Monday, August 16, 2010

Kane: Greetings from New Eden

What I try to do with reviews at this Bookshelf blog is keep it simple and spoiler-free, and let you know whether I'd recommend you pick up a copy of what I just read. Seems to work okay. This time, a brief review of Kane: Greetings from New Eden (Image, 2004)

Paul Grist's police procedural Kane has been one of those books that I've told myself repeatedly to sample, but I never got around to trying it until this summer. The good folk at the suburban Titan Games & Comics marked a box of trades and graphic novels down to 75% off at one of their locations a couple of months ago, and so I stopped in and found this.

Kane is a loner detective in a big town called New Eden. Wikipedia tells me nothing that I couldn't glean from the issues here, that Kane has rejoined the force after a lengthy suspension and some unpleasantness with his former partner. He's a reckless, incredibly effective cop whom nobody with a badge wants to trust anymore. Conceptually, there's little of note here.

Honestly, Grist has done much, much better work since these chapters, which I believe were originally published in the late 1990s. I quite like his series Jack Staff, which is an homage to classic British adventure comics, and Kane features many of the same storytelling quirks, such as starting a new scene by way of a dramatic, portrait-and-caption introduction to the characters within it. Something about that bag of tricks just doesn't work as well for me here. Grist made the same mistake that many newly-published writer/artists stumble in their early work (guilty as charged, myself) and assumes that the reader can follow similarly-drawn characters into and out of scenes and flashbacks without using captions to guide the flow.

There are also far too many characters, honestly, for something with such a similar-looking cast presented in monochrome. Somebody like Gene Ha could certainly manage a Hill Street Blues-sized cast of cops in his Alan Moore collaboration Top 10, but working in color with radically different character designs. Here, with all the males looking almost exactly the same and the lone character with a distinctive wardrobe the only female, I found it unpleasantly difficult to follow. Four issues were reprinted in this book, and I genuinely couldn't tell you what happens in the second and the third, because I couldn't tell the difference between the mayor, the detectives or the guy who was sometimes wearing a bunny suit. Sadly, not recommended.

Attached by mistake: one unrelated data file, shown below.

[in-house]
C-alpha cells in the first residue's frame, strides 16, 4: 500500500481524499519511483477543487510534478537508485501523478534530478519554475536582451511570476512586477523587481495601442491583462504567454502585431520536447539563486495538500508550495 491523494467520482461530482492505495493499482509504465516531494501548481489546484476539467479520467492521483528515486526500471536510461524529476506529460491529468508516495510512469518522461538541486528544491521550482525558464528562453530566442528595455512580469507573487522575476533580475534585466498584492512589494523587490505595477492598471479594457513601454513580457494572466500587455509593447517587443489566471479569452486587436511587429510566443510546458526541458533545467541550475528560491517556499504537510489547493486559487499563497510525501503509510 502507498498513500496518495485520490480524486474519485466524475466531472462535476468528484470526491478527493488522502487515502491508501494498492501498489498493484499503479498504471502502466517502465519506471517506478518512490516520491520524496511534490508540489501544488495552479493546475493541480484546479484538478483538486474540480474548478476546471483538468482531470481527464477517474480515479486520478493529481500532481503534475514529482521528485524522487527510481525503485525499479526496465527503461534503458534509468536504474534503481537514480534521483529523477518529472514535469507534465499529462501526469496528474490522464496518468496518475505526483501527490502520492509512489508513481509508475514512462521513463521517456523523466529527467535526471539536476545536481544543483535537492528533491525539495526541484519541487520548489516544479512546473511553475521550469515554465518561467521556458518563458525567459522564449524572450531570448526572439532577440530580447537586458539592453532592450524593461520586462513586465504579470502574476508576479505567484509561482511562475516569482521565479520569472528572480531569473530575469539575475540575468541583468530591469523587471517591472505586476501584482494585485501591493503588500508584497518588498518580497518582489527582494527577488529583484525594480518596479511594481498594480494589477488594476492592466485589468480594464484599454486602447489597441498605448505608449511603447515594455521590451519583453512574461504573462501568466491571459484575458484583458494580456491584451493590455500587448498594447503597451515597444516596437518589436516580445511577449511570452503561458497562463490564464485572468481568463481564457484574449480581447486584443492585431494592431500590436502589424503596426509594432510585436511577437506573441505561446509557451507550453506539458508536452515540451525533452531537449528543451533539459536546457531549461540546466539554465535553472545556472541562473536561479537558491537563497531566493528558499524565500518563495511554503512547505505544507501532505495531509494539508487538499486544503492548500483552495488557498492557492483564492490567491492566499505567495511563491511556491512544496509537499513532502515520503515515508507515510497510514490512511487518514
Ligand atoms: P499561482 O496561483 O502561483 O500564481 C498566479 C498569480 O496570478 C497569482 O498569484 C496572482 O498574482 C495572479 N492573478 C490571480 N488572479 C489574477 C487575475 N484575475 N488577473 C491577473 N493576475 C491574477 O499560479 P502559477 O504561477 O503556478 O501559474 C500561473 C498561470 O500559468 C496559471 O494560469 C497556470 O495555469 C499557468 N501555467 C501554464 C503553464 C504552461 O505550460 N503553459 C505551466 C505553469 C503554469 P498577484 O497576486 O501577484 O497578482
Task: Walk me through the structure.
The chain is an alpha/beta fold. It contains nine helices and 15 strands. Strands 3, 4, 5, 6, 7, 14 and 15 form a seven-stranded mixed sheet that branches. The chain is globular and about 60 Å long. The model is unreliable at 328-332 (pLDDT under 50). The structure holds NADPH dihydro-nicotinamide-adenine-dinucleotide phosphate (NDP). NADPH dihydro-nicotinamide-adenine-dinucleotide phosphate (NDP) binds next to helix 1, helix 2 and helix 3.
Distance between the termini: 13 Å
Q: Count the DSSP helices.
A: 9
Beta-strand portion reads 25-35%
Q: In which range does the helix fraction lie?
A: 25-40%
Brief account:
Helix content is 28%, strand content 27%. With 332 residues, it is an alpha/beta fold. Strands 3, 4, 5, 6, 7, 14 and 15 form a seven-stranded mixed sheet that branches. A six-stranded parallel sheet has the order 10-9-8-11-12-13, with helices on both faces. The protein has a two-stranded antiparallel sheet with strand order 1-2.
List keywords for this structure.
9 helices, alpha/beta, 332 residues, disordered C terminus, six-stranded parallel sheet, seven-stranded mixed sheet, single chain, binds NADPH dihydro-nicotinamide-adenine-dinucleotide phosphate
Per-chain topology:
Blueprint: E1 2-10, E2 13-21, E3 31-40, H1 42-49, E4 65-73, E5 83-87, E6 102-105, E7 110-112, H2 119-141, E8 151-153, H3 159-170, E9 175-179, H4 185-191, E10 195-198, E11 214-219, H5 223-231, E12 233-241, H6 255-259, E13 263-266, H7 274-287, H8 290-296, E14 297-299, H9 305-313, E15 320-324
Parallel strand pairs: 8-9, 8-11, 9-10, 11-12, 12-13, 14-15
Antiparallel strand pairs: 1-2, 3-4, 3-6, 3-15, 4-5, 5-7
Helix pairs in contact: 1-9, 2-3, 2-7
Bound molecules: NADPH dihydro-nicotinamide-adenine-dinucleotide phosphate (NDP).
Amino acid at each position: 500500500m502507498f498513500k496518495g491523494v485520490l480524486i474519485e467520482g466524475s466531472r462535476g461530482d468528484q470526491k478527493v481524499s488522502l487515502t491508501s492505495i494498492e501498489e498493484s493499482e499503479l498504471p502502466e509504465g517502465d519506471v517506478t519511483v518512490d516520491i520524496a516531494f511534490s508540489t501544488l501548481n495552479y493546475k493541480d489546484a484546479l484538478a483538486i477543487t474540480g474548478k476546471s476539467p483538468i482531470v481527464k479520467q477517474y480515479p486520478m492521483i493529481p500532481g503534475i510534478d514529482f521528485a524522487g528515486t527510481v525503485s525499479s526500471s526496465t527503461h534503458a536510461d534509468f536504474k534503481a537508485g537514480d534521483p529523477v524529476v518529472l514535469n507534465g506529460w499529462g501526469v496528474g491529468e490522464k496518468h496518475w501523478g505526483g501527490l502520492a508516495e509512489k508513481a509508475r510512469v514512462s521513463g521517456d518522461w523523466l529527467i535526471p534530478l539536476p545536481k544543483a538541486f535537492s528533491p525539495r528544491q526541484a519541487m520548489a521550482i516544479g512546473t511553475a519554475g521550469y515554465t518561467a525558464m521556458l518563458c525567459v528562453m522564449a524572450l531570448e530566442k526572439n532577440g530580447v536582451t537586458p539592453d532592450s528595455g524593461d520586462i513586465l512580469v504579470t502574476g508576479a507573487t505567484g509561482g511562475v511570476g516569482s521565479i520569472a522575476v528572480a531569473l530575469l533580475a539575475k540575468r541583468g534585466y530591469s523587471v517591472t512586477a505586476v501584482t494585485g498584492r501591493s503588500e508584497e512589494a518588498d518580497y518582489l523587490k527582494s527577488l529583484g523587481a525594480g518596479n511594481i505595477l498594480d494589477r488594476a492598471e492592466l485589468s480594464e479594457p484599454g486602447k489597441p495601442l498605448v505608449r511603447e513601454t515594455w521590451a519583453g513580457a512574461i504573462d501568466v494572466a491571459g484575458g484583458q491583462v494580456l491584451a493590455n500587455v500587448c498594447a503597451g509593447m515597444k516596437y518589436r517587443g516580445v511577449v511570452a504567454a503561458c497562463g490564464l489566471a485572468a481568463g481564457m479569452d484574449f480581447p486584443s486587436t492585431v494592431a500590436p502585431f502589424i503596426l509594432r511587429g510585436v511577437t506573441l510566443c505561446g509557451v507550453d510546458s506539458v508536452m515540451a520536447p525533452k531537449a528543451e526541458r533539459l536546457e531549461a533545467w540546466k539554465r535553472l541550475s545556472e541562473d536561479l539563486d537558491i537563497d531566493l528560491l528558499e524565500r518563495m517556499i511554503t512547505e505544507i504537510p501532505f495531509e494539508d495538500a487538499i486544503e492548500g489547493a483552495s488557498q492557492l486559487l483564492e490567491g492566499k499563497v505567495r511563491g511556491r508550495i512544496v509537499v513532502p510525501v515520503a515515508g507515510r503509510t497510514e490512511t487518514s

Anonymous said...

I'm glad it's not just me who gets frustrated by comics in which characters just all seem to look too alike for me to make sense of things!

Anonymous said...

You are getting sad Grant.I'm beginning to think you should just stick to resturant reviews. Kane is one of my all time top five comics just for the one reason you mentioned, the fact that Grist tells a story visually and doesn't add in a lot of captions.His light and shadow work on the book is superb and his story telling gets better with every volume. Volume 3 Histories, the back story of Oscar Darke, is poignant and horrific at the same time. Vol. 4 The Thirty Ninth, the name of the Precinct where Kane works, is a retelling of some of the stories from the first volume through another characters eyes and is Grist's best writing to date.
As for your criticisims saying that you couldn't follow the story because everyone looked alike is like saying you can't follow a Judge Dredd story becase all the cops are wearing helmets.
As for your confusion and critique over Grist's cinimatic use of cuts and flashbacks. The fact that I have to do a little work and GASP actually think about what is going on in the story instead of being spoon fed explanations is what I enjoy most about the series.
Kane is a series I have reread more than any other series of comics and each time I find something new and enjoyable.
Grant I am a faithful follower of your website and the 2nd biggest fan of 2000AD in the US. I think you and other readers should reconsider and give Kane another try when you are in the mood to enjoy a comic for the sake of a story told with compelling black and white artwork and not captions.